Television Personalities

Tucker Carlson Is Republicans’ Most-Loved News Host

NBC’s Lester Holt, CNN’s Anderson Cooper and ABC’s Robin Roberts are most-trusted news anchors

Tucker Carlson, Republicans' favorite news host, speaks onstage during Politicon 2018 at the Los Angeles Convention Center on Oct. 21. (Photo by Phillip Faraone/Getty Images for Politicon )
  • Republicans’ favorite television news host is Fox News’ Tucker Carlson, with a net favorability of 31 percentage points, while Shepard Smith’s net favorability rings in at 2 points.

  • In contrast, Democrats’ favorite hosts are from ABC, CNN and NBC.

  • Among adults aged 25-49, Roberts is most-loved news host, with 53 percent holding a favorable view of her, while 14 percent have an unfavorable view.

Tucker Carlson, Laura Ingraham and Ainsley Earhardt are Republicans’ favorite television hosts, with Fox News personalities making up the group’s top 13 most-loved hosts, according to a Morning Consult/Hollywood Reporter survey that looked at Americans’ trust in well-known anchors on network and cable TV.

Shepard Smith, who made headlines last month for downplaying his own network’s coverage of the immigrant caravan in Mexico, is the least-loved Fox News personality among members of the GOP, according to the survey, which polled 2,202 U.S. adults from Nov. 6-7.

Twenty-three percent of Republicans have a favorable view of the “Shepard Smith Reporting” host, while 21 percent perceive him unfavorably.

In the days leading up to the midterm elections, Fox News anchors, including Carlson and Sean Hannity, dedicated a notable amount of airtime to warning viewers about a caravan of Central Americans allegedly heading north toward the U.S.-Mexico border. A Fast Company analysis of Fox News transcripts on LexisNexis shows the network used the word “caravan” 86 times on air the day before the election.

By contrast, Smith told viewers of his daytime show that there was little evidence for fear.

“There is no invasion. No one’s coming to get you. There’s nothing at all to worry about,” Smith said on his show Oct. 29, after implying news of the caravan was timed to coincide with the midterm elections. Ahead of the midterms, more voters trusted Republicans over Democrats on the issue of national security, according to Morning Consult/Politico tracking data.

Smith has often taken a contrary position to others on the network: In November 2017 he debunked the theory that former Secretary of State Hillary Clinton greenlighted a uranium deal that benefited her foundation, a storyline his colleagues were reporting.

In contrast, Carlson enjoys a 31-percentage-point net favorability (42 percent favorable rating, 11 percent unfavorable) among Republicans, who largely trust Fox News above other news outlets, according to a July 26-30 Morning Consult poll. “Tucker Carlson Tonight,” is the second-most watched show on the network, attracting 3.2 million viewers last month, Fox News said, citing Nielsen media ratings. “Shepard Smith Reporting” attracted an audience of 1.7 million viewers.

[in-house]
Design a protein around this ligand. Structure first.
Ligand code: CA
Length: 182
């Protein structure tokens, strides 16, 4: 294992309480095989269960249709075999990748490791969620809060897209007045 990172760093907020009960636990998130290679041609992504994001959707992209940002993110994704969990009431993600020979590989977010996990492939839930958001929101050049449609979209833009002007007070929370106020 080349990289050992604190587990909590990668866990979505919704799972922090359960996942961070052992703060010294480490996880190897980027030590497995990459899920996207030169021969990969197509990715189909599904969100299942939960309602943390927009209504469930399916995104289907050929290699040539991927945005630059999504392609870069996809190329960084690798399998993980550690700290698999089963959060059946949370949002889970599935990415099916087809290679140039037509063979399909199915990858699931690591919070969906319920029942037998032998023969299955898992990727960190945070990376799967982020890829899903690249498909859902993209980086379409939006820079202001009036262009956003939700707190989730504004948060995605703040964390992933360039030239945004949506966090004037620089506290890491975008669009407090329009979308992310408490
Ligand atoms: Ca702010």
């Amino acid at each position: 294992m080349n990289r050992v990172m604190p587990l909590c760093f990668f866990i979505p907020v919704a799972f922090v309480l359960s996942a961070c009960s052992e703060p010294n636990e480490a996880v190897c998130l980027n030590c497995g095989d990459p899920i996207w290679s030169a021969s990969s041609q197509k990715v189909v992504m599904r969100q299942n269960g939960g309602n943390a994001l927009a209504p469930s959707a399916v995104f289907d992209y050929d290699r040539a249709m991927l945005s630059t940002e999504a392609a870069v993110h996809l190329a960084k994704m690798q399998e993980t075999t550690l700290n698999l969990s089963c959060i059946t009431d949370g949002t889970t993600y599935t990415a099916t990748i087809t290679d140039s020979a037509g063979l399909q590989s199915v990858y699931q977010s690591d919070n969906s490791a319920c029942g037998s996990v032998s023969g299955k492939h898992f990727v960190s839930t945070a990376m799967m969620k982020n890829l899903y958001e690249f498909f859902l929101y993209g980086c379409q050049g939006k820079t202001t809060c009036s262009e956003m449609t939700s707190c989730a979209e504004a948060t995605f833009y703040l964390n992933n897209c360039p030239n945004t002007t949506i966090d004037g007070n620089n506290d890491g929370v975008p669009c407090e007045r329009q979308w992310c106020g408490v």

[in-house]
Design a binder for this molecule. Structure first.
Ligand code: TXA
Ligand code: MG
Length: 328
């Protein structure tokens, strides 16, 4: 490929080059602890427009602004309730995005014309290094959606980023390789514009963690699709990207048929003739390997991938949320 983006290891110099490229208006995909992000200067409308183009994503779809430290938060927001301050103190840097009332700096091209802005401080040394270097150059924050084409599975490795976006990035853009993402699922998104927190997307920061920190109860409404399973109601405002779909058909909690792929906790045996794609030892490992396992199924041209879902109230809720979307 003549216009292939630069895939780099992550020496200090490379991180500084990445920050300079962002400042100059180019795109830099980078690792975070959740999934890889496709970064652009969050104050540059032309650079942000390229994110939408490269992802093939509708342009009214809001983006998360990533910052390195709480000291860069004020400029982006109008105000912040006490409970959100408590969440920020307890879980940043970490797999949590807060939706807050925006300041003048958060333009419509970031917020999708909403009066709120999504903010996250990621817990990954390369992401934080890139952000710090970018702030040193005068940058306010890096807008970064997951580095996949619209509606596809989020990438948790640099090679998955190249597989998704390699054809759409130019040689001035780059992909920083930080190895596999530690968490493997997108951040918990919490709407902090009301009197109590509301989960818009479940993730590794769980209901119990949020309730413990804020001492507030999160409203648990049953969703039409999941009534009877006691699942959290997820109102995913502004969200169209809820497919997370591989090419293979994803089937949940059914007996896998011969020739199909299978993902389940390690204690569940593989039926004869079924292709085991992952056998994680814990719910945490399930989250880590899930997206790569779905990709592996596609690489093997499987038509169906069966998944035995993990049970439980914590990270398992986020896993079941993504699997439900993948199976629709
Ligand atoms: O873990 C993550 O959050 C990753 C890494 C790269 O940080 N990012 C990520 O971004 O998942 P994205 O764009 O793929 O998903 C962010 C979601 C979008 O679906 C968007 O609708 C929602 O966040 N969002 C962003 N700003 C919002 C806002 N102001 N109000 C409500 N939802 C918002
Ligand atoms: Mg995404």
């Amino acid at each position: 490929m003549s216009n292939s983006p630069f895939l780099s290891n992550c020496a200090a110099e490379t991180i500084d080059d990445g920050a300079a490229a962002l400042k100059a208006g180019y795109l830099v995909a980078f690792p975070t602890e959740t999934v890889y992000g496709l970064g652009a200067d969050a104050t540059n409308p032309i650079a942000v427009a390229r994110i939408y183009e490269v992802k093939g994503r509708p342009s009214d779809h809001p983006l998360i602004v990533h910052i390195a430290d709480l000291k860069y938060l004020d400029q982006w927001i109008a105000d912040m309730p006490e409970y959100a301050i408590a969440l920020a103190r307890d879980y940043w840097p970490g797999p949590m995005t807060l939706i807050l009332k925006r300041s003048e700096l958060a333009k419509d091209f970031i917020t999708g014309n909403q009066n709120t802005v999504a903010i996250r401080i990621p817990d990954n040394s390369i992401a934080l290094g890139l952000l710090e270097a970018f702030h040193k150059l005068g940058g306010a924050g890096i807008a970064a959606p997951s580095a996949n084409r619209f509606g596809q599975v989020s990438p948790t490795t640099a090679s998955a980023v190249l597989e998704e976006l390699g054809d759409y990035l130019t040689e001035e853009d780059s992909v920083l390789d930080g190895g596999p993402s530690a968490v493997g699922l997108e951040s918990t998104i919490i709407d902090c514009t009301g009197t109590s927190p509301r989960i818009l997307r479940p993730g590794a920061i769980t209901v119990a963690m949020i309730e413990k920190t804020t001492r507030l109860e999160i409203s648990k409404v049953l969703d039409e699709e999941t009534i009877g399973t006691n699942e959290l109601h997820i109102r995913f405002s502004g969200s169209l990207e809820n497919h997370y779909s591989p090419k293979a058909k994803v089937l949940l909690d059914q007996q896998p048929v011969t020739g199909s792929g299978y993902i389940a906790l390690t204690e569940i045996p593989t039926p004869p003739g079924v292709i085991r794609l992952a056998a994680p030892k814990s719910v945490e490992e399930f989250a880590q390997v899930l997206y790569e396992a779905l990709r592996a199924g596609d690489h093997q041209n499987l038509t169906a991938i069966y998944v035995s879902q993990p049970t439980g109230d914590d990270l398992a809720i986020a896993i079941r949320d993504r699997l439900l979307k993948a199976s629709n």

Similar shares of Republicans said they had not heard of Tucker (32 percent) and Smith (36 percent). The survey has a margin of error of 2 percentage points.

Although “Hannity” is the most popular show on Fox, with 3.5 million viewers last month, among Republicans its namesake is in fifth place on favorability among figures at the network and overall. But Hannity is the most trusted among Republicans, with 32 percent saying they trust him “a lot.”

“Hannity” was the most-watched cable news program for the seventh consecutive month in October, Fox said.

And while Republicans’ top 13 most-loved news figures are all from Fox News, Democrats’ top picks are a bit more varied: ABC’s Robin Roberts (+61), CNN’s Anderson Cooper (+59) and NBC’s Lester Holt (+55) have the highest net favorability among Democrats.

Roberts has the highest favorability for a news personality among all adults ages 25-49, a key demographic for television. Fifty-three percent have a favorable view of her, while 14 percent have an unfavorable view.

When it comes to trust, a larger share of the public perceives network news hosts as trustworthy than their counterparts on cable TV.

Brian Williams — who was suspended and then removed from his post as host of “NBC Nightly News” in 2015 after misrepresenting several personal experiences while reporting — is considered one of the most trustworthy anchors on the air. Roughly one-quarter say they have “a lot” of trust in Williams, who currently hosts MSNBC’s “The 11th Hour with Brian Williams.”

Lester Holt, who replaced Williams as NBC’s evening news host, is the most-trusted news figure on television. Forty-six percent of Democrats and 22 percent of Republicans say they have “a lot” of trust in him, a higher share than the Republicans who say the same about Fox News’ Smith (14 percent).

Anderson Cooper, host of CNN’s Anderson Cooper 360°, is the most polarizing news figure, appearing on both the most-trusted and least-trusted lists: Twenty-nine percent say they trust Cooper “a lot,” while 19 percent say they don’t trust him at all.

That’s largely driven by political divides: Forty-six percent of Democrats say they have a lot of trust in Cooper, while 32 percent of Republicans say they have no trust in him at all.

Correction: A previous version of the graphic listing most-trusted hosts misidentified the network logos for Andrea Mitchell and Brian Williams.